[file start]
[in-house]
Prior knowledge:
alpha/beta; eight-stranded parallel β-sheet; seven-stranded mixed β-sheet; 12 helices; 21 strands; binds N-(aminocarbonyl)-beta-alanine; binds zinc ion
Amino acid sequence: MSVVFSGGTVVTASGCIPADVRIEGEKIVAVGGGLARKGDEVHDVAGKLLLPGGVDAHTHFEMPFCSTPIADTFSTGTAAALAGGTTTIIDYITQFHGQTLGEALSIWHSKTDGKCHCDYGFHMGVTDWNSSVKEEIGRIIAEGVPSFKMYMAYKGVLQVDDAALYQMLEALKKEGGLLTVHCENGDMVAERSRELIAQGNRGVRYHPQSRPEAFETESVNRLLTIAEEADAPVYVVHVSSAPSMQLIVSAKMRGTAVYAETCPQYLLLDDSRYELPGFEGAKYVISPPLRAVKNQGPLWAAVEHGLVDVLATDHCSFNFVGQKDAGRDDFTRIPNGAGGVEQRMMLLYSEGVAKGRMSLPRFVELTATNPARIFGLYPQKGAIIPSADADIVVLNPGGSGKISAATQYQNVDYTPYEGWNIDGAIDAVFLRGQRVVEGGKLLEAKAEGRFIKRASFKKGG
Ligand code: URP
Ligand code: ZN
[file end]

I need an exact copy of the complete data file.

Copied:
[in-house]
Prior knowledge:
alpha/beta; eight-stranded parallel β-sheet; seven-stranded mixed β-sheet; 12 helices; 21 strands; binds N-(aminocarbonyl)-beta-alanine; binds zinc ion
Amino acid sequence: MSVVFSGGTVVTASGCIPADVRIEGEKIVAVGGGLARKGDEVHDVAGKLLLPGGVDAHTHFEMPFCSTPIADTFSTGTAAALAGGTTTIIDYITQFHGQTLGEALSIWHSKTDGKCHCDYGFHMGVTDWNSSVKEEIGRIIAEGVPSFKMYMAYKGVLQVDDAALYQMLEALKKEGGLLTVHCENGDMVAERSRELIAQGNRGVRYHPQSRPEAFETESVNRLLTIAEEADAPVYVVHVSSAPSMQLIVSAKMRGTAVYAETCPQYLLLDDSRYELPGFEGAKYVISPPLRAVKNQGPLWAAVEHGLVDVLATDHCSFNFVGQKDAGRDDFTRIPNGAGGVEQRMMLLYSEGVAKGRMSLPRFVELTATNPARIFGLYPQKGAIIPSADADIVVLNPGGSGKISAATQYQNVDYTPYEGWNIDGAIDAVFLRGQRVVEGGKLLEAKAEGRFIKRASFKKGG
Ligand code: URP
Ligand code: ZN